The U.S. Centers for Disease Control and Prevention released guidelines in August urging all baby boomers (those born between 1945 and 1965) to get tested for hepatitis C.
The CDC began drafting recommendations for testing after it reported that the number of deaths related to hepatitis C had doubled since the late 1990s, reaching 15,000 in 2007, a number that exceeds AIDS deaths.
Hepatitis C is a virus that can be transmitted through contact with contaminated blood. The CDC said that previous testing was recommended only for people who were considered high risk, such as intravenous drug users, but that three-fourths of the deaths caused by the virus occurred in people age 45 to 64.
A survey by the American Gastroenterological Association found that nearly 75 percent of baby boomers have never been tested for hepatitis C, even though the age group represents 82 percent of those with the disease.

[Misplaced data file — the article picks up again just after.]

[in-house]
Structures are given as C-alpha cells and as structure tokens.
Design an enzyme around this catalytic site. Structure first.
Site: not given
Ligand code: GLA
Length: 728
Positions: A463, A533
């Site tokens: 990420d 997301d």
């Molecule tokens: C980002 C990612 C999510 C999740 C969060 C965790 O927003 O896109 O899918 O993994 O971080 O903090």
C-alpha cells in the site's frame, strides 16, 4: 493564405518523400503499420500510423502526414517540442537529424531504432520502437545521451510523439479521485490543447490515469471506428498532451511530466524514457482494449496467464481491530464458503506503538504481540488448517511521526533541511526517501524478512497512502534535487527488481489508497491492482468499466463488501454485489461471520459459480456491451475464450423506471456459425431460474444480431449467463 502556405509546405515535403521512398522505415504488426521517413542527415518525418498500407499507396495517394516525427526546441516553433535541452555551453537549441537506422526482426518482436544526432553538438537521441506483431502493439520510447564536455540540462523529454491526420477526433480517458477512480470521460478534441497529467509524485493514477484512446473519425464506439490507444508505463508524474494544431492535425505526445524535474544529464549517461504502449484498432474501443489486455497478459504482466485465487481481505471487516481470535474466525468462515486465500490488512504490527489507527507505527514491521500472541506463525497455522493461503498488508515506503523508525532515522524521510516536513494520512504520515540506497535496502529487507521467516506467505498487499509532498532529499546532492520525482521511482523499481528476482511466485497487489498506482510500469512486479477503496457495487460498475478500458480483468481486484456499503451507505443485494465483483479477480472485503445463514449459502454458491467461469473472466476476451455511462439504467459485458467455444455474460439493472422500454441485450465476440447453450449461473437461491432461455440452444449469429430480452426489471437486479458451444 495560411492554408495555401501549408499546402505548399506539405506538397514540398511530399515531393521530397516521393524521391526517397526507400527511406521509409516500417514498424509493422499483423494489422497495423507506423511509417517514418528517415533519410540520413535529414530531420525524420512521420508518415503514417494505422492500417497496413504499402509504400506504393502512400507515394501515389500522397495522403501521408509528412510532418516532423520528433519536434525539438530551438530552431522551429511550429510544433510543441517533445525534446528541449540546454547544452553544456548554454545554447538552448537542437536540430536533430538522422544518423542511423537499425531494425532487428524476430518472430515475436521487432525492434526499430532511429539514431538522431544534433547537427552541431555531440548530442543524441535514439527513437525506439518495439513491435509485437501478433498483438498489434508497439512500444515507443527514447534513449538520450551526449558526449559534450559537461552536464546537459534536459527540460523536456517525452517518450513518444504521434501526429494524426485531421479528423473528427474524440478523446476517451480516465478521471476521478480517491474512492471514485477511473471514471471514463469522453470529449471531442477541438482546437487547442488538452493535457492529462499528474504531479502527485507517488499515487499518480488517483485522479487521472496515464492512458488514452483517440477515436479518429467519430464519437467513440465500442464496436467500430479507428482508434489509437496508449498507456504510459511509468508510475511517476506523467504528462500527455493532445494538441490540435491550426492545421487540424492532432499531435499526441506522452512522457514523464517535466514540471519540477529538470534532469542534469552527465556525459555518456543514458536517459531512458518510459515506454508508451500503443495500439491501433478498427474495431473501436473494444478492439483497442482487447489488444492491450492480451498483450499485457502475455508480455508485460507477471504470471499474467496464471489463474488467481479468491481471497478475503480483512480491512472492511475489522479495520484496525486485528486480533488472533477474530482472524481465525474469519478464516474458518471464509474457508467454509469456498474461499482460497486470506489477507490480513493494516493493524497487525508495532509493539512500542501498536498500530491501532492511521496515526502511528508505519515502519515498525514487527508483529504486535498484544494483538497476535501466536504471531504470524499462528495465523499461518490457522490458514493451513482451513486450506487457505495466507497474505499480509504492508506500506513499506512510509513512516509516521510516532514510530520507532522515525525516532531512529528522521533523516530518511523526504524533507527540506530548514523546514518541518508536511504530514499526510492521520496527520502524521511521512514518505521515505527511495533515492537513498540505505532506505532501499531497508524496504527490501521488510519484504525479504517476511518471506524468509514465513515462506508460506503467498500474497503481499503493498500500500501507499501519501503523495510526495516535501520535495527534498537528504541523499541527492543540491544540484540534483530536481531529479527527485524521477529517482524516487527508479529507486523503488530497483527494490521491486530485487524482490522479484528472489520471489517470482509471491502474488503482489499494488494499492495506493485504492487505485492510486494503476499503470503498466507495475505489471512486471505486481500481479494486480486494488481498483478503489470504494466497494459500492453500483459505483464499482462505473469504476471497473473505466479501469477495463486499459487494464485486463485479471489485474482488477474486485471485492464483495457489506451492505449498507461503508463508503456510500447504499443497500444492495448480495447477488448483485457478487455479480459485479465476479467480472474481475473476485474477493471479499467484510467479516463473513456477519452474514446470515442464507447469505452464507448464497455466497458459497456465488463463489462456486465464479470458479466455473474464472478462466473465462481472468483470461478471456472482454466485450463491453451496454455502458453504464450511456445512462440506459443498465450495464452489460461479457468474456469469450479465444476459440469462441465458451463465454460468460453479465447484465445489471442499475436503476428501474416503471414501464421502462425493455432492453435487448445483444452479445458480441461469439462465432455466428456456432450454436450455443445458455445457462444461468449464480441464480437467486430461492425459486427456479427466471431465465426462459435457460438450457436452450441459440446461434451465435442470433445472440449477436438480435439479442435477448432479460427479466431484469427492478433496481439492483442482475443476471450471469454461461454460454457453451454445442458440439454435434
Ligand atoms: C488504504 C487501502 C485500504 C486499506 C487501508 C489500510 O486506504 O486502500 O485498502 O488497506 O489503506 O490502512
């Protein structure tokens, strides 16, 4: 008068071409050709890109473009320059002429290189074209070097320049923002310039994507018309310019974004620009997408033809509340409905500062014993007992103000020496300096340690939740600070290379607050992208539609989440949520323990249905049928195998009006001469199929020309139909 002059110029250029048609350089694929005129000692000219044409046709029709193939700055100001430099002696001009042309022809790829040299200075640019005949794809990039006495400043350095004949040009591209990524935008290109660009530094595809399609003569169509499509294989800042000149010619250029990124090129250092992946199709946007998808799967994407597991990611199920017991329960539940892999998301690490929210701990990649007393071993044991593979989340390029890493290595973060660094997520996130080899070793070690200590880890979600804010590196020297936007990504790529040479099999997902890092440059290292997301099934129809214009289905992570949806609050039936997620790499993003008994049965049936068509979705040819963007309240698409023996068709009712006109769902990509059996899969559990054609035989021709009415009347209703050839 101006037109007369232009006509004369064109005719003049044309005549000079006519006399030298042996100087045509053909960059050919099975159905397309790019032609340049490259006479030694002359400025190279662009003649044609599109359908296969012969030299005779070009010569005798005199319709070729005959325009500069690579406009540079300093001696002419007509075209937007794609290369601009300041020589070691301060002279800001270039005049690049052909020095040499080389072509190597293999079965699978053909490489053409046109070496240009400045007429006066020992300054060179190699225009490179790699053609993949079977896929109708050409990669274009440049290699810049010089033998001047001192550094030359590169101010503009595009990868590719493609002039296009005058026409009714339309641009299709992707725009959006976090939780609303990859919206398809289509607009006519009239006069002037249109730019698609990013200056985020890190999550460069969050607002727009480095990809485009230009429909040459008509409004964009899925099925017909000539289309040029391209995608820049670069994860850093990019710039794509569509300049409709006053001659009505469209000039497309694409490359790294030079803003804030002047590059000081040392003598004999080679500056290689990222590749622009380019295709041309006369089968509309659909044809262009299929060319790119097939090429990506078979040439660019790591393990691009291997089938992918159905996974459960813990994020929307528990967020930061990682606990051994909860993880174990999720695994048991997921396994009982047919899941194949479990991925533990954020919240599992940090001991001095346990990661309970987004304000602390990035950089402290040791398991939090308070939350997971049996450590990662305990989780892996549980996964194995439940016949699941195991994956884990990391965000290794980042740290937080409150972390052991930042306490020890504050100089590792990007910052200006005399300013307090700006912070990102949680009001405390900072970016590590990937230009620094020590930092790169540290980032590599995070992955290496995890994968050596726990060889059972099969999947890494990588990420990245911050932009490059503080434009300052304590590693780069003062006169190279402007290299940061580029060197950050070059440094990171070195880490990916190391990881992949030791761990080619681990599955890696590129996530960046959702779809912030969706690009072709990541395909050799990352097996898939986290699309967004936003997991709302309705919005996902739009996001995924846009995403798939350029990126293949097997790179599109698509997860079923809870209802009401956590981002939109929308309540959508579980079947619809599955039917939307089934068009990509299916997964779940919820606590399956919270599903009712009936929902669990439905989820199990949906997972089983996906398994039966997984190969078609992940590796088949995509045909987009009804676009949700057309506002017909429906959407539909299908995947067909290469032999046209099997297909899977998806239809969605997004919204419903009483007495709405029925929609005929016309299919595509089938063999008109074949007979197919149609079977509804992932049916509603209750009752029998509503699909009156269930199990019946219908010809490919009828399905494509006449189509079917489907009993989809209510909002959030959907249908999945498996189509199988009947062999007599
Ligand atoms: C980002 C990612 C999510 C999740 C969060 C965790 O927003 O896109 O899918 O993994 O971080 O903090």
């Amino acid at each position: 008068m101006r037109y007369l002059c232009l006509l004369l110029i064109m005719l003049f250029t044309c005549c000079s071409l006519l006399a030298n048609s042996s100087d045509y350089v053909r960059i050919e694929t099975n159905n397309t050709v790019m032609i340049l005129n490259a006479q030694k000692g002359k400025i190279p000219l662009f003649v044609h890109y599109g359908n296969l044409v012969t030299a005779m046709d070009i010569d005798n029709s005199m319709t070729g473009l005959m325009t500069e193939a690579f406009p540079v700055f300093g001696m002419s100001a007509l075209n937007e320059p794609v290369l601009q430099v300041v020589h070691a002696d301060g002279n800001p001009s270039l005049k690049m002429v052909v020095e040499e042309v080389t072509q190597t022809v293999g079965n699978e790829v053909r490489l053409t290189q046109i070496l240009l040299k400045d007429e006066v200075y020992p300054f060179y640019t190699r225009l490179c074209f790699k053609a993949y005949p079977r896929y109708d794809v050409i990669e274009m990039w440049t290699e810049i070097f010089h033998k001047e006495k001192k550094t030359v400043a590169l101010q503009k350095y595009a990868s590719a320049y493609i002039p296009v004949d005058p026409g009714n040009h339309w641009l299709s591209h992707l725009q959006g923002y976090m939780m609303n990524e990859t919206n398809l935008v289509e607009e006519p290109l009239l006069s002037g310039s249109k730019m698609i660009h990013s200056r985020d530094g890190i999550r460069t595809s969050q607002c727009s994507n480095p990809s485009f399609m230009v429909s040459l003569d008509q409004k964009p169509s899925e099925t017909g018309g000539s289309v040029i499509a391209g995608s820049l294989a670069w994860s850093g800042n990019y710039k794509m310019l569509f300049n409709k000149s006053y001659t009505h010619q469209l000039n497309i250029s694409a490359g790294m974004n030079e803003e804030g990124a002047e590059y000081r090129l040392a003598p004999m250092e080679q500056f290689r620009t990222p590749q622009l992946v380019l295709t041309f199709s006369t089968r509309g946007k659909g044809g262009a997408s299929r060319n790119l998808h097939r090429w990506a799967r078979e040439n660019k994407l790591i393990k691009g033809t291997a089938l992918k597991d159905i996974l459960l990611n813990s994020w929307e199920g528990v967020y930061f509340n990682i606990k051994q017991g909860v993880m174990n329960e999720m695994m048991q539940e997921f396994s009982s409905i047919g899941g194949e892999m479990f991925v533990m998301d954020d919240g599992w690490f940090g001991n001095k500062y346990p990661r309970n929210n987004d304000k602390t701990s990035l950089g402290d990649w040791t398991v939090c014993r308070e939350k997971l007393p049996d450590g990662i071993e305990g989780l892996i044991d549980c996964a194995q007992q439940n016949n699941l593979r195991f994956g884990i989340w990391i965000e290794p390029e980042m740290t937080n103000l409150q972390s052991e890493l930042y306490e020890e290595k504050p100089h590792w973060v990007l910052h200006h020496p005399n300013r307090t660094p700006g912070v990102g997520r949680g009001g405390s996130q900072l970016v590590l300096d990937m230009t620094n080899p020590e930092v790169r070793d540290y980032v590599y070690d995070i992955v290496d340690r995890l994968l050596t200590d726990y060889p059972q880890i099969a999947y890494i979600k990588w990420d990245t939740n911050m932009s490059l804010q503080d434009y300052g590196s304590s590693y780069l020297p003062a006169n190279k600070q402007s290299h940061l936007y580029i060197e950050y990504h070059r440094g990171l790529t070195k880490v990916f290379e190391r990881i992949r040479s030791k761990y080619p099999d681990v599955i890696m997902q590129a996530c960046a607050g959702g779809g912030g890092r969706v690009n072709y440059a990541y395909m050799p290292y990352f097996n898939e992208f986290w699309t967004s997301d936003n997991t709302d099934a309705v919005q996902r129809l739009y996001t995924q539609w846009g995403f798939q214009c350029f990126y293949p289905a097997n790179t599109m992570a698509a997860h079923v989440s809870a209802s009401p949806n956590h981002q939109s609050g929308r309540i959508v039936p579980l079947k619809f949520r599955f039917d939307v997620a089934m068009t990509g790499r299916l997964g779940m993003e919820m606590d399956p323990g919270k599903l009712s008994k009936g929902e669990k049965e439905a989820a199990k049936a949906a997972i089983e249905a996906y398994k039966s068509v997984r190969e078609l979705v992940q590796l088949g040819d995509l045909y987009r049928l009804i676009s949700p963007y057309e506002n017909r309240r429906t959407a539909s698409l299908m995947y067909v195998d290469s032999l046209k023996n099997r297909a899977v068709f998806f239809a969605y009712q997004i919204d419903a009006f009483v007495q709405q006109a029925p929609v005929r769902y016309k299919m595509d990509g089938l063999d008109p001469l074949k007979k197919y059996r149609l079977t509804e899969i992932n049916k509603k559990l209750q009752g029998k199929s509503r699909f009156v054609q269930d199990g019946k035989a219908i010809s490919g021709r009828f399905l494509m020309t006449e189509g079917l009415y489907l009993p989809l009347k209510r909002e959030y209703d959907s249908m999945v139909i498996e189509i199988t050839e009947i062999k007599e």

“Hepatitis C is not currently part of routine testing,” said Amber Gross, Advanced Registered Nurse Practitioner at King’s Daughters Medical Center’s Stone Street Primary Care in Morehead, Ky. “A positive antibody test may not mean you have an active infection, and damage would depend on patient’s risk factors.”
The CDC said that baby boomers who have had a blood transfusion or organ transplant before 1992 (general blood supply was not tested until 1992), who have tattoos or body piercings, who worked in a health care setting, have HIV or have used intravenous drugs are at a greater risk.
The virus can cause liver scarring, which can lead to cirrhosis or liver cancer and is the leading cause of liver transplants, according to the CDC. It can remain symptomless for decades.
The CDC says short- and long-term treatments are available with early detection.
For more information about hepatitis C, ask your health care professional or visit the CDC’s website at www.cdc.gov.